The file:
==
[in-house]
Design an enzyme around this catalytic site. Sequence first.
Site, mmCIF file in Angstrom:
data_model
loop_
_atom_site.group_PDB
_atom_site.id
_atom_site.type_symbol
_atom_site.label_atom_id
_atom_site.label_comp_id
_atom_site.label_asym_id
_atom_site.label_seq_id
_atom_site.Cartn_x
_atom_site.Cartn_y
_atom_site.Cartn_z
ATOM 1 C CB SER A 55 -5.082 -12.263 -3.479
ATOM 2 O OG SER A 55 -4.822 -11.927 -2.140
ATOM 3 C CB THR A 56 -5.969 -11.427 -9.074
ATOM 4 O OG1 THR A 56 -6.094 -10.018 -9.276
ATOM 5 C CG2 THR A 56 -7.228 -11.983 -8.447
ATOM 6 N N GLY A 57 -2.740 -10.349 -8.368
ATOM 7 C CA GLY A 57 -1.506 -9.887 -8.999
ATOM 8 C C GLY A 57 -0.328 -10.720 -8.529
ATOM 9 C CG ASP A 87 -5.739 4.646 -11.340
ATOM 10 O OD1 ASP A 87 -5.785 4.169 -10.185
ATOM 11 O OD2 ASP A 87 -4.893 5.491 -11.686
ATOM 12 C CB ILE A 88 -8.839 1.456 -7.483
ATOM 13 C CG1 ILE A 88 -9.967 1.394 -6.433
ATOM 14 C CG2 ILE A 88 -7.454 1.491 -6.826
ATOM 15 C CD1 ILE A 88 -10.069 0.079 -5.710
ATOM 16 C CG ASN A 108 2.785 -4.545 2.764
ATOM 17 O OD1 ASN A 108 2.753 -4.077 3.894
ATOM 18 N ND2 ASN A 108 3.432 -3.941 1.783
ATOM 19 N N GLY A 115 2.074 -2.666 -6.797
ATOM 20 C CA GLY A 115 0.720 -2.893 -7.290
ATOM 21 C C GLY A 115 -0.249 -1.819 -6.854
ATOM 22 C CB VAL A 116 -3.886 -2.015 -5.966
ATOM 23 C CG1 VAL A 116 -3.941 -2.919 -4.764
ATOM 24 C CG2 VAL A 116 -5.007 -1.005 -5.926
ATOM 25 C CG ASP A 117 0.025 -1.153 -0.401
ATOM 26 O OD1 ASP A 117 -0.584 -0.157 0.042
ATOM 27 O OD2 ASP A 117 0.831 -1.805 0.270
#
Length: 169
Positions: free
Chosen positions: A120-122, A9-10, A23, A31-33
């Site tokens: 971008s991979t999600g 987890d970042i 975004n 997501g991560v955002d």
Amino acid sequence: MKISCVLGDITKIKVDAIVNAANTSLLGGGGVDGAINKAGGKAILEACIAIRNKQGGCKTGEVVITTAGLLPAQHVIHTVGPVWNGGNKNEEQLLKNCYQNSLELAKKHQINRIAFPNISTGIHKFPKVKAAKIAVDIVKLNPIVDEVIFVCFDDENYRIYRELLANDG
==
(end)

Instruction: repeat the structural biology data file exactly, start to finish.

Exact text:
[in-house]
Design an enzyme around this catalytic site. Sequence first.
Site, mmCIF file in Angstrom:
data_model
loop_
_atom_site.group_PDB
_atom_site.id
_atom_site.type_symbol
_atom_site.label_atom_id
_atom_site.label_comp_id
_atom_site.label_asym_id
_atom_site.label_seq_id
_atom_site.Cartn_x
_atom_site.Cartn_y
_atom_site.Cartn_z
ATOM 1 C CB SER A 55 -5.082 -12.263 -3.479
ATOM 2 O OG SER A 55 -4.822 -11.927 -2.140
ATOM 3 C CB THR A 56 -5.969 -11.427 -9.074
ATOM 4 O OG1 THR A 56 -6.094 -10.018 -9.276
ATOM 5 C CG2 THR A 56 -7.228 -11.983 -8.447
ATOM 6 N N GLY A 57 -2.740 -10.349 -8.368
ATOM 7 C CA GLY A 57 -1.506 -9.887 -8.999
ATOM 8 C C GLY A 57 -0.328 -10.720 -8.529
ATOM 9 C CG ASP A 87 -5.739 4.646 -11.340
ATOM 10 O OD1 ASP A 87 -5.785 4.169 -10.185
ATOM 11 O OD2 ASP A 87 -4.893 5.491 -11.686
ATOM 12 C CB ILE A 88 -8.839 1.456 -7.483
ATOM 13 C CG1 ILE A 88 -9.967 1.394 -6.433
ATOM 14 C CG2 ILE A 88 -7.454 1.491 -6.826
ATOM 15 C CD1 ILE A 88 -10.069 0.079 -5.710
ATOM 16 C CG ASN A 108 2.785 -4.545 2.764
ATOM 17 O OD1 ASN A 108 2.753 -4.077 3.894
ATOM 18 N ND2 ASN A 108 3.432 -3.941 1.783
ATOM 19 N N GLY A 115 2.074 -2.666 -6.797
ATOM 20 C CA GLY A 115 0.720 -2.893 -7.290
ATOM 21 C C GLY A 115 -0.249 -1.819 -6.854
ATOM 22 C CB VAL A 116 -3.886 -2.015 -5.966
ATOM 23 C CG1 VAL A 116 -3.941 -2.919 -4.764
ATOM 24 C CG2 VAL A 116 -5.007 -1.005 -5.926
ATOM 25 C CG ASP A 117 0.025 -1.153 -0.401
ATOM 26 O OD1 ASP A 117 -0.584 -0.157 0.042
ATOM 27 O OD2 ASP A 117 0.831 -1.805 0.270
#
Length: 169
Positions: free
Chosen positions: A120-122, A9-10, A23, A31-33
């Site tokens: 971008s991979t999600g 987890d970042i 975004n 997501g991560v955002d």
Amino acid sequence: MKISCVLGDITKIKVDAIVNAANTSLLGGGGVDGAINKAGGKAILEACIAIRNKQGGCKTGEVVITTAGLLPAQHVIHTVGPVWNGGNKNEEQLLKNCYQNSLELAKKHQINRIAFPNISTGIHKFPKVKAAKIAVDIVKLNPIVDEVIFVCFDDENYRIYRELLANDG